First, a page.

Ocean cargo rate hikes should take hold in the Transpacific
Carriers say strengthening demand and a reversal of rate erosion seen since the end of 2012 are critical to ongoing negotiations with freight shippers
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Transpacific container shipping lines say a combination of leading market indicators and forward bookings suggest the beginnings of a gradual upturn in cargo volumes. As a consequence, general rate increases (GRIs) appear to be taking hold this month.
Transpacific Stabilization Agreement (TSA) executive administrator Brian M. Conrad said the current trend of modest but steady growth is expected to continue in 2013, with improved vessel utilizations already apparent throughout April, following the traditional post-Lunar New Year lull.
“Coming off a period of close to zero cargo growth in 2012, the outlook is definitely more positive at this point,” he said.
Carriers say strengthening demand and a reversal of rate erosion seen since the end of 2012 are critical to ongoing negotiations with freight shippers toward signing the 12-month contracts under which more than 90% of containerized cargo from Asia to the U.S. moves. Most of those contracts come up for renewal on or around May 1.
The April 1 increases are intended to restore current market rates closer to sustainable levels, to then pave the way for negotiation of further meaningful increases in the contracts themselves. Carriers will continue to assess the current market in the coming months, seeking further opportunities for improvement in moving market rates.
Conrad stressed that despite repeated efforts to shore up rates during the 2012-13 contract season as contracts permitted, revenue gains were inconsistent, as reflected in dire financial reports and ongoing industry consolidation, service changes and formation of new alliances. “As we head into the bulk of the negotiations in April,” he explained, “it is critical for shippers to understand that rates which reflect little or no increase in rates over 2012 levels are simply not sustainable in the long run. The financial repercussions are serious, and carriers are looking to ensure that new contracts include rates that reflect a meaningful increase above 2012 levels, and closer to the post-April 1 market trends.”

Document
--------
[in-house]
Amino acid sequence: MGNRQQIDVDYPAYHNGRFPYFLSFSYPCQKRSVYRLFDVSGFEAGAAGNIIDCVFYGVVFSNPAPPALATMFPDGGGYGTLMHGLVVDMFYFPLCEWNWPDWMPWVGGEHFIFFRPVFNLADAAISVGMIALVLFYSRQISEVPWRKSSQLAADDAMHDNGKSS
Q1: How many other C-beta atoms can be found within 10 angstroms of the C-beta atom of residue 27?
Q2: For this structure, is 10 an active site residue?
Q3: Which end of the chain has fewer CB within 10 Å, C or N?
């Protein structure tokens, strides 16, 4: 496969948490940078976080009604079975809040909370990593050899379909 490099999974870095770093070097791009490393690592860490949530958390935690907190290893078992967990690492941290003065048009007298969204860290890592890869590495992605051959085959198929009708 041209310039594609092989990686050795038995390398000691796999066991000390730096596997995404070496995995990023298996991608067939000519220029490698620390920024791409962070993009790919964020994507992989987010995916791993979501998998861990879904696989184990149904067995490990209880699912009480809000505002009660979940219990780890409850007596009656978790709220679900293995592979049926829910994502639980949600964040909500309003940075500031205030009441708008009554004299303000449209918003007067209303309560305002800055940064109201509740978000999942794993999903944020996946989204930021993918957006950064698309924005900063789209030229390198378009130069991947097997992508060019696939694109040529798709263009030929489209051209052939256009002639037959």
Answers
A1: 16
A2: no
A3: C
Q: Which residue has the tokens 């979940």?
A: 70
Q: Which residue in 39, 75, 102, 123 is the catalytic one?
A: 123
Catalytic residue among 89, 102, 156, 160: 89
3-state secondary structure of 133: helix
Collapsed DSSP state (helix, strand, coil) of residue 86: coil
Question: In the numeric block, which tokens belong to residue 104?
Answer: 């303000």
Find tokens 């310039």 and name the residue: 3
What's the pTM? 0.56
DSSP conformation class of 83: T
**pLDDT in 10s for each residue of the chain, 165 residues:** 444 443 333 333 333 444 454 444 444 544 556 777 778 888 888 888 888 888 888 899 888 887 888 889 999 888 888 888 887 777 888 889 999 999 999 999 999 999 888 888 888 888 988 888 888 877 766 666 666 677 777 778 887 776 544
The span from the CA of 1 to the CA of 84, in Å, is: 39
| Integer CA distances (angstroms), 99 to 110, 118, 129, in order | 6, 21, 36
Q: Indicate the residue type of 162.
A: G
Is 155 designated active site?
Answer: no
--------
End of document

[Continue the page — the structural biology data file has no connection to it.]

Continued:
In an inteview with LM, TSA spokesman, Niels Erich, said the fundamentals of the U.S. economy remain strong, and lines expect retail imports from Asia to steadily strengthen in the coming months. This is particularly the case for segments like home furnishings, building supplies and back-to-school.
“Look at recent carrier financial reports and announcements of service consolidations and asset sales - they can’t just lock in contract rates for another year at post-Lunar New Year levels,” he said. “It would be money left on the table that can’t be made up somewhere else and can’t be reinvested in service expansions or improvements down the road.”
About the AuthorPatrick Burnson, Executive Editor Patrick Burnson is executive editor for Logistics Management and Supply Chain Management Review magazines and web sites. Patrick is a widely-published writer and editor who has spent most of his career covering international trade, global logistics, and supply chain management. He lives and works in San Francisco, providing readers with a Pacific Rim perspective on industry trends and forecasts. You can reach him directly at [email protected]
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